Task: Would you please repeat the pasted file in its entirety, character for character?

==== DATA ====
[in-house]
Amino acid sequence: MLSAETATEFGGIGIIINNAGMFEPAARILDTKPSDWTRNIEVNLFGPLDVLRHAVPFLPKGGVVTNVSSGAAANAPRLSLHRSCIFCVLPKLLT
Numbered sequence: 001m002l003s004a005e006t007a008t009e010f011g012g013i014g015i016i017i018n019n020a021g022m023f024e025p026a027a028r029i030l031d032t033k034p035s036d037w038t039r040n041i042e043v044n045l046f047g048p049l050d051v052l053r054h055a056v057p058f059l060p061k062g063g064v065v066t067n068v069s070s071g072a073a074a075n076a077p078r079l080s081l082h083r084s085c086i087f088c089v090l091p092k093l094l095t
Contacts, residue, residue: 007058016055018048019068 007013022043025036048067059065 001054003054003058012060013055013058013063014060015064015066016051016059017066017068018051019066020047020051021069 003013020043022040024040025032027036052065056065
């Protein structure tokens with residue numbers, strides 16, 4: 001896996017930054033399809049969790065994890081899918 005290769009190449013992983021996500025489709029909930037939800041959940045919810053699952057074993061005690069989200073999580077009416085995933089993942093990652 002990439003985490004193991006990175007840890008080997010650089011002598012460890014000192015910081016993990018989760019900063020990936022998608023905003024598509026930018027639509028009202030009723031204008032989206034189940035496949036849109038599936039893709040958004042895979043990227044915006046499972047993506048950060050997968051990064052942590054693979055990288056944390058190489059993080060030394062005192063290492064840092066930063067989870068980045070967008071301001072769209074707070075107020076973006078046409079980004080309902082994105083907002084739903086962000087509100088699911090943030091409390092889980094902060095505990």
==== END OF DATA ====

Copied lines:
[in-house]
Amino acid sequence: MLSAETATEFGGIGIIINNAGMFEPAARILDTKPSDWTRNIEVNLFGPLDVLRHAVPFLPKGGVVTNVSSGAAANAPRLSLHRSCIFCVLPKLLT
Numbered sequence: 001m002l003s004a005e006t007a008t009e010f011g012g013i014g015i016i017i018n019n020a021g022m023f024e025p026a027a028r029i030l031d032t033k034p035s036d037w038t039r040n041i042e043v044n045l046f047g048p049l050d051v052l053r054h055a056v057p058f059l060p061k062g063g064v065v066t067n068v069s070s071g072a073a074a075n076a077p078r079l080s081l082h083r084s085c086i087f088c089v090l091p092k093l094l095t
Contacts, residue, residue: 007058016055018048019068 007013022043025036048067059065 001054003054003058012060013055013058013063014060015064015066016051016059017066017068018051019066020047020051021069 003013020043022040024040025032027036052065056065
């Protein structure tokens with residue numbers, strides 16, 4: 001896996017930054033399809049969790065994890081899918 005290769009190449013992983021996500025489709029909930037939800041959940045919810053699952057074993061005690069989200073999580077009416085995933089993942093990652 002990439003985490004193991006990175007840890008080997010650089011002598012460890014000192015910081016993990018989760019900063020990936022998608023905003024598509026930018027639509028009202030009723031204008032989206034189940035496949036849109038599936039893709040958004042895979043990227044915006046499972047993506048950060050997968051990064052942590054693979055990288056944390058190489059993080060030394062005192063290492064840092066930063067989870068980045070967008071301001072769209074707070075107020076973006078046409079980004080309902082994105083907002084739903086962000087509100088699911090943030091409390092889980094902060095505990």